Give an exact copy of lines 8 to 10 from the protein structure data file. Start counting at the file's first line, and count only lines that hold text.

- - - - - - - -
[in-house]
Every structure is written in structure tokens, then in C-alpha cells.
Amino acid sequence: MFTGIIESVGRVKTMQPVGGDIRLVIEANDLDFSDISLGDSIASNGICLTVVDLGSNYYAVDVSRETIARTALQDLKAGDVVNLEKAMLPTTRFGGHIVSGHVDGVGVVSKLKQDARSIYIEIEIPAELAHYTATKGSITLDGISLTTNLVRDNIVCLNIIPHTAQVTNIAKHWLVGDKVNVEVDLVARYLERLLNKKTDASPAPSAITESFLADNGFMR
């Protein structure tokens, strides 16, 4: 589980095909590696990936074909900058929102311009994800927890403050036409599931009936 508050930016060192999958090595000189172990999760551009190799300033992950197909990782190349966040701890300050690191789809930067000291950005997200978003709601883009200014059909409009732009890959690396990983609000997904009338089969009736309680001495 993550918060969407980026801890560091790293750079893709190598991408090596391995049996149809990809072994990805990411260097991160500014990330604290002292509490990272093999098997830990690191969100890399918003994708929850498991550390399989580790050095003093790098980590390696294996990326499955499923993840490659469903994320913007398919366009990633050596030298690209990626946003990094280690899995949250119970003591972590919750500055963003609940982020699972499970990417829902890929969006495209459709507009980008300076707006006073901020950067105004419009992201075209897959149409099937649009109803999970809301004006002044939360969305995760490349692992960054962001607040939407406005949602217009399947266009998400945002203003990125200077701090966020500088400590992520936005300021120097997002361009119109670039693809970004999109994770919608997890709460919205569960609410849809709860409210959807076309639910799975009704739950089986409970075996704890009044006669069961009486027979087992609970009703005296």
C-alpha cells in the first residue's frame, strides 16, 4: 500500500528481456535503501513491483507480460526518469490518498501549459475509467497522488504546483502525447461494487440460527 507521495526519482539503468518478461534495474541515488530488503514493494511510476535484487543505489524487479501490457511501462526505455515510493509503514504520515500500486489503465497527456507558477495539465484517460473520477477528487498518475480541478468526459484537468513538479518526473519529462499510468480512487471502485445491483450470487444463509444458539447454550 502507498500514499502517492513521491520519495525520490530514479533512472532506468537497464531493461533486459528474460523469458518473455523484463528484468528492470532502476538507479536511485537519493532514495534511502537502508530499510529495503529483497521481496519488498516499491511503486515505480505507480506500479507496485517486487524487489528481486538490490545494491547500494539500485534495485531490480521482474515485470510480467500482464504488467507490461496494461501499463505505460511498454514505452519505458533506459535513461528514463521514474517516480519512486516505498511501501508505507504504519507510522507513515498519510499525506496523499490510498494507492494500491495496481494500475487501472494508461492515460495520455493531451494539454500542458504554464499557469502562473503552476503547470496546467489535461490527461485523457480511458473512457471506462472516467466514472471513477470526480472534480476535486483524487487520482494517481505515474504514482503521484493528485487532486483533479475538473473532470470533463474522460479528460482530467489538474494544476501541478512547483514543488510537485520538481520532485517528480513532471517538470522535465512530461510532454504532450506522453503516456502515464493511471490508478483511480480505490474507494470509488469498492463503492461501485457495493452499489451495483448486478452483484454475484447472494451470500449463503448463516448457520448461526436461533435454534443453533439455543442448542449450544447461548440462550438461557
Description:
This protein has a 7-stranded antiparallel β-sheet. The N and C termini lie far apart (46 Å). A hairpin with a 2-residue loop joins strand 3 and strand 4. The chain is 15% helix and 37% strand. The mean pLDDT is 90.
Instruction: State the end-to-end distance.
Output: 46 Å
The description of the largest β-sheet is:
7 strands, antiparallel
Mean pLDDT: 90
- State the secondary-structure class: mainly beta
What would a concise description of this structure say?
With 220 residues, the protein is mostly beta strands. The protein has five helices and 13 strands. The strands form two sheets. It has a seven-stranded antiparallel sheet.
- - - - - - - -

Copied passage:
Instruction: State the end-to-end distance.
Output: 46 Å
The description of the largest β-sheet is: